Introduction to Fit for Law

1. Welcome to Fit for Law

This section includes:

  • 1 video
  • Introductory text
  • An information box on “Which legal professionals does this course apply to?”
  • 1 activity on “Is the legal profession really Fit for Law?”

You should allow yourself 20 minutes to complete this section.

Download this video clip.Video player: nc_lawcare_2018_vid003_v2.mp4
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Welcome to our online educational training designed to up-skill legal practitioners and employers by developing a better, evidenced-based understanding of emotional competence and professional resilience. The overall aim of this course is to help support emotionally and psychologically healthy ways of working within the legal profession.

The term “emotional competence” refers here to the importance of recognising and utilising emotion within legal practice to enhance working practices and improve mental wellbeing. Emotional competence involves a range of skills, including being able to:

  • Identify, recognise and understand emotions
  • Analyse and reflect on emotions
  • Use emotions to enhance thinking
  • Manage and regulate emotional responses in a way which assists reasoning and is appropriate in the context
  • Learn to cooperatively combine emotional and intellectual thinking to improve decision-making.

(Mayer et al, 2004; Caruso and Salovey, 2004)

The range of skills this involves are not fixed or dispositional. In other words, they can be taught, meaning individuals can develop and improve their emotional competence (Boyatzis, Goleman & Rhee, 2000).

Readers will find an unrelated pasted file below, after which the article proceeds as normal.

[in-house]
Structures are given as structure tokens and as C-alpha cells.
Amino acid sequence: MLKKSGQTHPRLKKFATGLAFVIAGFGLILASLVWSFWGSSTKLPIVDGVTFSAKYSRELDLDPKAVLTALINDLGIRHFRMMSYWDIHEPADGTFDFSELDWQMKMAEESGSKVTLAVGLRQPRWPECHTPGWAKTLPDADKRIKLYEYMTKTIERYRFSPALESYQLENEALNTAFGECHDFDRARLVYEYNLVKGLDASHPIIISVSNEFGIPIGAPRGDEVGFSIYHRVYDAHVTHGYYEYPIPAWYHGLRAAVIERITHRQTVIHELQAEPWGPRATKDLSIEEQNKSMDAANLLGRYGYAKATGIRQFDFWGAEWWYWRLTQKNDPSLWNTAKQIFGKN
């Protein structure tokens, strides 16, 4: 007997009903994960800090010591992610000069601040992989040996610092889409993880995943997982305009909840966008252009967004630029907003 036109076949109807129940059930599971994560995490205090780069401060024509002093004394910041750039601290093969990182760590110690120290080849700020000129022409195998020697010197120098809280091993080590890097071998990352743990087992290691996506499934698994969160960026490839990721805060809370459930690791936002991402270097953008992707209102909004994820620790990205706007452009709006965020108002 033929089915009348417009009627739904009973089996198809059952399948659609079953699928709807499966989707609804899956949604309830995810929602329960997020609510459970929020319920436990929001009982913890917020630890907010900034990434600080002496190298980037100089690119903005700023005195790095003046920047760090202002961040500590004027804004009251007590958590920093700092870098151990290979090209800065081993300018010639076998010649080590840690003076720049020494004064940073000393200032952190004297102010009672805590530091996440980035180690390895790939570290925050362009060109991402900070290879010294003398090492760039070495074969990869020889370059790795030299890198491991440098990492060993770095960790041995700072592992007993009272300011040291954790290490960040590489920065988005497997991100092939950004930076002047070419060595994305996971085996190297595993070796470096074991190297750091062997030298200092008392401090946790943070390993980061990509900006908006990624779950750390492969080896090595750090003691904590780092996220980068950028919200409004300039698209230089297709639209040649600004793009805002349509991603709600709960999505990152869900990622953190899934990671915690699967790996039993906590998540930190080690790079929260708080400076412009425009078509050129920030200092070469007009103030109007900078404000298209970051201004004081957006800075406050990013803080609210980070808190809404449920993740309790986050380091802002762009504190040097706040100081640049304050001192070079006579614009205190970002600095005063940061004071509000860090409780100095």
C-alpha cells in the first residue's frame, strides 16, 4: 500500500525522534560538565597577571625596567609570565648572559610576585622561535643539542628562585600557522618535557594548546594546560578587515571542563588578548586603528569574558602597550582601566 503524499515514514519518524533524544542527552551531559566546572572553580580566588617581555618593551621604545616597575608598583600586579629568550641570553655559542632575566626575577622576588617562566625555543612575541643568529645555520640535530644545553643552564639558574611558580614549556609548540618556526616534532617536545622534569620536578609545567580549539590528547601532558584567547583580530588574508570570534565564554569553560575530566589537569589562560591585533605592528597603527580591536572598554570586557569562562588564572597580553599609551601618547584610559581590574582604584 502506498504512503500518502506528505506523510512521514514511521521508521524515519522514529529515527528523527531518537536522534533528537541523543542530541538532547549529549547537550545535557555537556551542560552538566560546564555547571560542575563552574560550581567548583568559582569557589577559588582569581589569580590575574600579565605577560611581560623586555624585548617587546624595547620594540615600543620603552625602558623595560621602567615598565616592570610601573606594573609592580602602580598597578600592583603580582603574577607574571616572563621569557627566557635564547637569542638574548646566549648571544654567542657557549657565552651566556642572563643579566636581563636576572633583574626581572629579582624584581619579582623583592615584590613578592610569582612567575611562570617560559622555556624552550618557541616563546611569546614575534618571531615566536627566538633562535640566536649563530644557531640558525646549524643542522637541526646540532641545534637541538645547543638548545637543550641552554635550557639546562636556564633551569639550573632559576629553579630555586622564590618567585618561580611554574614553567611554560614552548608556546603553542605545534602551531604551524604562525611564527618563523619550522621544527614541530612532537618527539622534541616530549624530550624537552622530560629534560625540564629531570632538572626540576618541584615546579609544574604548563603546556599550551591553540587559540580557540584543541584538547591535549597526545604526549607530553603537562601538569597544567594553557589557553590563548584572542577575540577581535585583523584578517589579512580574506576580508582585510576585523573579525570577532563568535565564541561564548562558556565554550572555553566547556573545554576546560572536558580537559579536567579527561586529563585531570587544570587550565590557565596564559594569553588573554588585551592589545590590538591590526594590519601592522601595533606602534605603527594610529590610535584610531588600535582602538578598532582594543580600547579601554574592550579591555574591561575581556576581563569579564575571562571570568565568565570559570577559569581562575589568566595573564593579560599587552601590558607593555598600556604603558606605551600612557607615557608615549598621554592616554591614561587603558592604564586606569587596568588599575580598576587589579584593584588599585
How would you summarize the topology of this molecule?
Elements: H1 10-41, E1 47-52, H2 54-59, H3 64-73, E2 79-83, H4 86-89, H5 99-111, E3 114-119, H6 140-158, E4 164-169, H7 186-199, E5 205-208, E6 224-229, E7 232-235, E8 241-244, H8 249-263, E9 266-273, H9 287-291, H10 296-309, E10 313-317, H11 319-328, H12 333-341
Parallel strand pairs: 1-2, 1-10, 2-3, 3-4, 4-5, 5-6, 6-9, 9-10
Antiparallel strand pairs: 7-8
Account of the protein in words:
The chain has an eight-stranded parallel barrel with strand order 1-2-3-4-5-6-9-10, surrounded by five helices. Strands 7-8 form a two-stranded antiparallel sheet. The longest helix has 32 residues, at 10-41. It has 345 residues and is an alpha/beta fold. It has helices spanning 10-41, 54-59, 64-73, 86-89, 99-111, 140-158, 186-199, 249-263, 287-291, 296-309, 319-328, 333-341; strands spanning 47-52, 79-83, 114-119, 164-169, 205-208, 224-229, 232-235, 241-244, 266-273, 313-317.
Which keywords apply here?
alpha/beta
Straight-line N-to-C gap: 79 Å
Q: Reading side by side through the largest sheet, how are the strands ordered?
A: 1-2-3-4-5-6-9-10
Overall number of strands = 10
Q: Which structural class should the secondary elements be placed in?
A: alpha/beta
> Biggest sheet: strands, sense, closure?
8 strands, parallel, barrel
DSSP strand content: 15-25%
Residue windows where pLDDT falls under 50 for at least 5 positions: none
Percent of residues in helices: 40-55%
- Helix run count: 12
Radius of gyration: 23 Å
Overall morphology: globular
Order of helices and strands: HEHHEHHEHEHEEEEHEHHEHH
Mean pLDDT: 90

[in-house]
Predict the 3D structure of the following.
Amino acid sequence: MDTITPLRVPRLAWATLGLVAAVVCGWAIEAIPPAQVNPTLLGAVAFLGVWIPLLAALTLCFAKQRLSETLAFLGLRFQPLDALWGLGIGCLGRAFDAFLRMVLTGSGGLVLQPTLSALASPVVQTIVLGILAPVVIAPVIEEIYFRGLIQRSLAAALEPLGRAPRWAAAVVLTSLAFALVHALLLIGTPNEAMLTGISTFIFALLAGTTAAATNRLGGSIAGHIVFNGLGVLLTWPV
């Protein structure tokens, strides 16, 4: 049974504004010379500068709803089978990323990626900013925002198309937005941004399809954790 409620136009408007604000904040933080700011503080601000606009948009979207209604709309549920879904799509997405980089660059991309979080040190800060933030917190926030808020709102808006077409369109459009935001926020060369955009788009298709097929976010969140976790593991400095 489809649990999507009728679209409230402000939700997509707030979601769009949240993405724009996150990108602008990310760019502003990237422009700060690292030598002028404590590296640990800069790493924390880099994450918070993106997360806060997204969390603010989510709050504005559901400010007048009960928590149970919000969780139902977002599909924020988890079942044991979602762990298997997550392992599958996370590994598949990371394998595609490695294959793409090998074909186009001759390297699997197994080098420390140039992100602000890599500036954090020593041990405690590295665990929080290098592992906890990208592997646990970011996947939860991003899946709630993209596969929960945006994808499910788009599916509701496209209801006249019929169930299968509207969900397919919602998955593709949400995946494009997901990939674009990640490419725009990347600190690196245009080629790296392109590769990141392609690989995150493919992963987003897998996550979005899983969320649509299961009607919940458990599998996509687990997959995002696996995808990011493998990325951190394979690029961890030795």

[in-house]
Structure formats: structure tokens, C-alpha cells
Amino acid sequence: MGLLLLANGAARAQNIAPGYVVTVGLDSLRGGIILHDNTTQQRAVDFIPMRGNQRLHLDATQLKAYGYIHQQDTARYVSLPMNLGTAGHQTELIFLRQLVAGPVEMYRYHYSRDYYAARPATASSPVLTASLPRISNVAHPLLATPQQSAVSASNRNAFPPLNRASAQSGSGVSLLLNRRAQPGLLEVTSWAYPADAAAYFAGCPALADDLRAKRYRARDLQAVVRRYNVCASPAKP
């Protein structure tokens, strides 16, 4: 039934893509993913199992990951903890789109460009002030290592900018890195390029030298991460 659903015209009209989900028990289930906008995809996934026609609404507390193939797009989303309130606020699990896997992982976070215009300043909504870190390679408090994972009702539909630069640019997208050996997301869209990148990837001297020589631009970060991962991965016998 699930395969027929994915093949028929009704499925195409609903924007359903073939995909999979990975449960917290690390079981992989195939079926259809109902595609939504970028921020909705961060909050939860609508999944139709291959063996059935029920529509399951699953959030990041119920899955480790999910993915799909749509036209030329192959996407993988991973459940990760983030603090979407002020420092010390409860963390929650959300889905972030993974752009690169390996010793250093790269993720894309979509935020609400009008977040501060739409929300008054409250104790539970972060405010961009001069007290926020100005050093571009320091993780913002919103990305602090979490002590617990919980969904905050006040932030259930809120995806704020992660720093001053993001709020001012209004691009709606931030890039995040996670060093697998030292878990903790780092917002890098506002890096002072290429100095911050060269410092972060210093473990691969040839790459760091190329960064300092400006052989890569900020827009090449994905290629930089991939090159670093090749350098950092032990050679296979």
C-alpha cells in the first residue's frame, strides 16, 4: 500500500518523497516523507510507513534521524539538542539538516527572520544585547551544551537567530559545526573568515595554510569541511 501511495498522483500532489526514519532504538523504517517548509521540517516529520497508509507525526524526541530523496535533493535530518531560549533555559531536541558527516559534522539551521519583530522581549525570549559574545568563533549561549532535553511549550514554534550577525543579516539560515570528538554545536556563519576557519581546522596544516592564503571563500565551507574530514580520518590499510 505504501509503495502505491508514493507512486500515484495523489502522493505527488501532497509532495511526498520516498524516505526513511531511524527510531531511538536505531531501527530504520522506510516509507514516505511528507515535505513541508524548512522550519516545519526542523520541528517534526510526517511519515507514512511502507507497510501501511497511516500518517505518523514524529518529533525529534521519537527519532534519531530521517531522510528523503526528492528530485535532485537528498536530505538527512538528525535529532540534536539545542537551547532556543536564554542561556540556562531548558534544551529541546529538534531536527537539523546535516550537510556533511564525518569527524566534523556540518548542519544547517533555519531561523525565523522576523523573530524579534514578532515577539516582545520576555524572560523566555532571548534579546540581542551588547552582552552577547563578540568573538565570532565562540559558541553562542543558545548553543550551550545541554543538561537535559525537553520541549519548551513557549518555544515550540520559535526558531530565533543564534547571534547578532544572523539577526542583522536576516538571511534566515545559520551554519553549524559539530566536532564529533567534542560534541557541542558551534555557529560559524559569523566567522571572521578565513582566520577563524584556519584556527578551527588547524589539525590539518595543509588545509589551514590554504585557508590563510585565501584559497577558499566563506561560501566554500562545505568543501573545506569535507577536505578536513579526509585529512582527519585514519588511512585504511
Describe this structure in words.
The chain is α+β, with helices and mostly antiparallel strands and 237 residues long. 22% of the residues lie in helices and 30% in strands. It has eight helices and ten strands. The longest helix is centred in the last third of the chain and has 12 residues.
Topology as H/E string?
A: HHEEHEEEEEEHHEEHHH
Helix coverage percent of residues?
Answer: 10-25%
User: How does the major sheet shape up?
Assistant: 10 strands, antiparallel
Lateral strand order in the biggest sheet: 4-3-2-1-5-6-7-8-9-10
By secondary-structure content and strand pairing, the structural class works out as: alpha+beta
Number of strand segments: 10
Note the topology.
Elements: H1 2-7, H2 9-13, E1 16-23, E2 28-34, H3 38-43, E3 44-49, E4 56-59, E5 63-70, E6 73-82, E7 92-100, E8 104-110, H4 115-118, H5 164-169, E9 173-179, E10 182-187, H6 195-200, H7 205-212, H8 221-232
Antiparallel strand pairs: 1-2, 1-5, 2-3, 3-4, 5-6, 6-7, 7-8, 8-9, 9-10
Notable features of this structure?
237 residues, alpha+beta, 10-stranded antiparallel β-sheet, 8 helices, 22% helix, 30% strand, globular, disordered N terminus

The term “professional resilience” refers to the ability of individuals to not only survive but also thrive in a potentially tough and challenging working environment. Being resilient involves being able to adjust and positively adapt to change and adversity (Luthar, Cicchetti & Becker, 2000). Resilience is a dynamic process, focusing on how individuals interact with their environment when dealing with challenges and setbacks.

For example, on a daily basis it might be a challenge for you to meet deadlines or billing requirements and it may be a setback for you if you are unable to meet these. In the face of difficulties and challenges, resilience allows individuals to manage, respond and “bounce back”. As with emotional competence, resilience is not a personality trait or fixed, so it can be learnt (Bernard, 2004).

Fostering better emotional competence and professional resilience involves working on skills that can be learnt and developed. However, you may notice that you find it easier to develop some skills than others and that is perfectly normal. Thinking about which skills you have, or need to work on, can help you when you are assessing your professional strengths and weaknesses (for example, to decide whether a particular role or responsibility is right for you).

Is the legal profession really Fit for Law?

Timing: You should allow around 5 minutes for this activity.

Consider the statement below and then click on the link (in red) to go to an opinion poll where you can give your view on this anonymously and also see the opinions expressed by other legal professionals who have used this course. Afterwards, return to this page and click on Reveal comment to get an overview on this statement.